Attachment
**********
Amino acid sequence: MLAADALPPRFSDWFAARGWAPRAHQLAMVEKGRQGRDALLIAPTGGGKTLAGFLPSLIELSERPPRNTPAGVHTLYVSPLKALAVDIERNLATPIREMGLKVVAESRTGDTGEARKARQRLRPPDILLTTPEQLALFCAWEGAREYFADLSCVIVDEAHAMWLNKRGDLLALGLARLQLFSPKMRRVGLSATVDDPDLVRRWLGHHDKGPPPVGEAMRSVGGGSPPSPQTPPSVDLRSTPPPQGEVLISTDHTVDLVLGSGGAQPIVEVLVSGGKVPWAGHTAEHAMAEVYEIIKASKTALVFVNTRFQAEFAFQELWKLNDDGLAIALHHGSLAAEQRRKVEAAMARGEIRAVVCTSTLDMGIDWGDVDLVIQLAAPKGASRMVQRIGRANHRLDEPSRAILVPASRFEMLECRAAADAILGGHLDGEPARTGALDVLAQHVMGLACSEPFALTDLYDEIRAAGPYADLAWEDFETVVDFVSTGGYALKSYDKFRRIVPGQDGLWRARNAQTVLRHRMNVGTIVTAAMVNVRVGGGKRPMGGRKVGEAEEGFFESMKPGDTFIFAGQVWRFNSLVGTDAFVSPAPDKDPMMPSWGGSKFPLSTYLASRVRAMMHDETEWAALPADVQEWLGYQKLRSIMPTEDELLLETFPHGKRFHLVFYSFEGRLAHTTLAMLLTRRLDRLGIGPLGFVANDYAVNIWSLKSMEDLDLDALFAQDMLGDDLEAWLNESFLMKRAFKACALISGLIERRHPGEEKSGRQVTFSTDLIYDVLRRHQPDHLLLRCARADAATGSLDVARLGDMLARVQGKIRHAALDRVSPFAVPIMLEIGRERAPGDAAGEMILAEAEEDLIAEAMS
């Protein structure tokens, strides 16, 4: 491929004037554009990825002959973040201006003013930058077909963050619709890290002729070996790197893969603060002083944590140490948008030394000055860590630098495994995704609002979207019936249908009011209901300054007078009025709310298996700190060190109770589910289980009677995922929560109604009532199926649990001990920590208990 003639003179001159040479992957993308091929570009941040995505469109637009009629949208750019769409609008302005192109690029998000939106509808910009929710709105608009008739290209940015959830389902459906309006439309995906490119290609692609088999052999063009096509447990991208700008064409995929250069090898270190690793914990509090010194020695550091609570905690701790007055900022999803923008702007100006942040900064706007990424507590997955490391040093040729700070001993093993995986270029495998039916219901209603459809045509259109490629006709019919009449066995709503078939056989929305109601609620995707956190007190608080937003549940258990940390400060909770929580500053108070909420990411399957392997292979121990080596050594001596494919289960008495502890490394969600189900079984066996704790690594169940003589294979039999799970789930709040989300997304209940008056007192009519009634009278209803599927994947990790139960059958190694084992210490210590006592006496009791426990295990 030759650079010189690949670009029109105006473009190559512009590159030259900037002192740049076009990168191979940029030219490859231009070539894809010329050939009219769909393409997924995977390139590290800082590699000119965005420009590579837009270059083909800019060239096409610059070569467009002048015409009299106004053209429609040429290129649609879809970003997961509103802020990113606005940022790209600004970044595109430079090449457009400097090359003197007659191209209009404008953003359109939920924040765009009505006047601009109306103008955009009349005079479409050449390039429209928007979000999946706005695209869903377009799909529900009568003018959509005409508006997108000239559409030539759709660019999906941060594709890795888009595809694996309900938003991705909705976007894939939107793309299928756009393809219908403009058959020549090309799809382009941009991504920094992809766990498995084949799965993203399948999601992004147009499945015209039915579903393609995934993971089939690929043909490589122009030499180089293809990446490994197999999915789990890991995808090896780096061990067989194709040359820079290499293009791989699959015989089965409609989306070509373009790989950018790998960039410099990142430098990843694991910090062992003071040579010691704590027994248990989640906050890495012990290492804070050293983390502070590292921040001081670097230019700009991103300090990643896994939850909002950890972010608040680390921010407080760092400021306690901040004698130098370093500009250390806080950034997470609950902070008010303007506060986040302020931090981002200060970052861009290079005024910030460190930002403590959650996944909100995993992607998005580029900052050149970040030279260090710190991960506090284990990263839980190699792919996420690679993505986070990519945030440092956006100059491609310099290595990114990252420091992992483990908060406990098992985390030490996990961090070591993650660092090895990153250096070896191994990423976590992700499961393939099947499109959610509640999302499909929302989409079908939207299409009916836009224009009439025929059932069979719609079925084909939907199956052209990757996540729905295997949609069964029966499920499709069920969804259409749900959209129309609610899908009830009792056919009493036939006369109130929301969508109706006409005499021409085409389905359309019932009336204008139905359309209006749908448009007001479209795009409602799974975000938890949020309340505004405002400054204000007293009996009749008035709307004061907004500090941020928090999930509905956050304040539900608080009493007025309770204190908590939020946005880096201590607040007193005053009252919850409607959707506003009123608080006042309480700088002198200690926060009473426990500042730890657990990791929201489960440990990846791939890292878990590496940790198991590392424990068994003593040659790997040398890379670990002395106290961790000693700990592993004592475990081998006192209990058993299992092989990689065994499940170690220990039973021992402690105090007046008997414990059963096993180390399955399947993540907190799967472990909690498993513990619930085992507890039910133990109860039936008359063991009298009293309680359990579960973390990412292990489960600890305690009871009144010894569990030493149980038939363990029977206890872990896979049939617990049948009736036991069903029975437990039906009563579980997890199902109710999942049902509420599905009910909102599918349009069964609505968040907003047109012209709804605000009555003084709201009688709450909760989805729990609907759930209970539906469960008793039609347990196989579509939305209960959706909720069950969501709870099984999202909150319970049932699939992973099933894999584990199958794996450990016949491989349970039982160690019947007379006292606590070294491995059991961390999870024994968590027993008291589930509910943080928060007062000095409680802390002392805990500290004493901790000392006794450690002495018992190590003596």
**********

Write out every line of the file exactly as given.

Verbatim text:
Amino acid sequence: MLAADALPPRFSDWFAARGWAPRAHQLAMVEKGRQGRDALLIAPTGGGKTLAGFLPSLIELSERPPRNTPAGVHTLYVSPLKALAVDIERNLATPIREMGLKVVAESRTGDTGEARKARQRLRPPDILLTTPEQLALFCAWEGAREYFADLSCVIVDEAHAMWLNKRGDLLALGLARLQLFSPKMRRVGLSATVDDPDLVRRWLGHHDKGPPPVGEAMRSVGGGSPPSPQTPPSVDLRSTPPPQGEVLISTDHTVDLVLGSGGAQPIVEVLVSGGKVPWAGHTAEHAMAEVYEIIKASKTALVFVNTRFQAEFAFQELWKLNDDGLAIALHHGSLAAEQRRKVEAAMARGEIRAVVCTSTLDMGIDWGDVDLVIQLAAPKGASRMVQRIGRANHRLDEPSRAILVPASRFEMLECRAAADAILGGHLDGEPARTGALDVLAQHVMGLACSEPFALTDLYDEIRAAGPYADLAWEDFETVVDFVSTGGYALKSYDKFRRIVPGQDGLWRARNAQTVLRHRMNVGTIVTAAMVNVRVGGGKRPMGGRKVGEAEEGFFESMKPGDTFIFAGQVWRFNSLVGTDAFVSPAPDKDPMMPSWGGSKFPLSTYLASRVRAMMHDETEWAALPADVQEWLGYQKLRSIMPTEDELLLETFPHGKRFHLVFYSFEGRLAHTTLAMLLTRRLDRLGIGPLGFVANDYAVNIWSLKSMEDLDLDALFAQDMLGDDLEAWLNESFLMKRAFKACALISGLIERRHPGEEKSGRQVTFSTDLIYDVLRRHQPDHLLLRCARADAATGSLDVARLGDMLARVQGKIRHAALDRVSPFAVPIMLEIGRERAPGDAAGEMILAEAEEDLIAEAMS
């Protein structure tokens, strides 16, 4: 491929004037554009990825002959973040201006003013930058077909963050619709890290002729070996790197893969603060002083944590140490948008030394000055860590630098495994995704609002979207019936249908009011209901300054007078009025709310298996700190060190109770589910289980009677995922929560109604009532199926649990001990920590208990 003639003179001159040479992957993308091929570009941040995505469109637009009629949208750019769409609008302005192109690029998000939106509808910009929710709105608009008739290209940015959830389902459906309006439309995906490119290609692609088999052999063009096509447990991208700008064409995929250069090898270190690793914990509090010194020695550091609570905690701790007055900022999803923008702007100006942040900064706007990424507590997955490391040093040729700070001993093993995986270029495998039916219901209603459809045509259109490629006709019919009449066995709503078939056989929305109601609620995707956190007190608080937003549940258990940390400060909770929580500053108070909420990411399957392997292979121990080596050594001596494919289960008495502890490394969600189900079984066996704790690594169940003589294979039999799970789930709040989300997304209940008056007192009519009634009278209803599927994947990790139960059958190694084992210490210590006592006496009791426990295990 030759650079010189690949670009029109105006473009190559512009590159030259900037002192740049076009990168191979940029030219490859231009070539894809010329050939009219769909393409997924995977390139590290800082590699000119965005420009590579837009270059083909800019060239096409610059070569467009002048015409009299106004053209429609040429290129649609879809970003997961509103802020990113606005940022790209600004970044595109430079090449457009400097090359003197007659191209209009404008953003359109939920924040765009009505006047601009109306103008955009009349005079479409050449390039429209928007979000999946706005695209869903377009799909529900009568003018959509005409508006997108000239559409030539759709660019999906941060594709890795888009595809694996309900938003991705909705976007894939939107793309299928756009393809219908403009058959020549090309799809382009941009991504920094992809766990498995084949799965993203399948999601992004147009499945015209039915579903393609995934993971089939690929043909490589122009030499180089293809990446490994197999999915789990890991995808090896780096061990067989194709040359820079290499293009791989699959015989089965409609989306070509373009790989950018790998960039410099990142430098990843694991910090062992003071040579010691704590027994248990989640906050890495012990290492804070050293983390502070590292921040001081670097230019700009991103300090990643896994939850909002950890972010608040680390921010407080760092400021306690901040004698130098370093500009250390806080950034997470609950902070008010303007506060986040302020931090981002200060970052861009290079005024910030460190930002403590959650996944909100995993992607998005580029900052050149970040030279260090710190991960506090284990990263839980190699792919996420690679993505986070990519945030440092956006100059491609310099290595990114990252420091992992483990908060406990098992985390030490996990961090070591993650660092090895990153250096070896191994990423976590992700499961393939099947499109959610509640999302499909929302989409079908939207299409009916836009224009009439025929059932069979719609079925084909939907199956052209990757996540729905295997949609069964029966499920499709069920969804259409749900959209129309609610899908009830009792056919009493036939006369109130929301969508109706006409005499021409085409389905359309019932009336204008139905359309209006749908448009007001479209795009409602799974975000938890949020309340505004405002400054204000007293009996009749008035709307004061907004500090941020928090999930509905956050304040539900608080009493007025309770204190908590939020946005880096201590607040007193005053009252919850409607959707506003009123608080006042309480700088002198200690926060009473426990500042730890657990990791929201489960440990990846791939890292878990590496940790198991590392424990068994003593040659790997040398890379670990002395106290961790000693700990592993004592475990081998006192209990058993299992092989990689065994499940170690220990039973021992402690105090007046008997414990059963096993180390399955399947993540907190799967472990909690498993513990619930085992507890039910133990109860039936008359063991009298009293309680359990579960973390990412292990489960600890305690009871009144010894569990030493149980038939363990029977206890872990896979049939617990049948009736036991069903029975437990039906009563579980997890199902109710999942049902509420599905009910909102599918349009069964609505968040907003047109012209709804605000009555003084709201009688709450909760989805729990609907759930209970539906469960008793039609347990196989579509939305209960959706909720069950969501709870099984999202909150319970049932699939992973099933894999584990199958794996450990016949491989349970039982160690019947007379006292606590070294491995059991961390999870024994968590027993008291589930509910943080928060007062000095409680802390002392805990500290004493901790000392006794450690002495018992190590003596």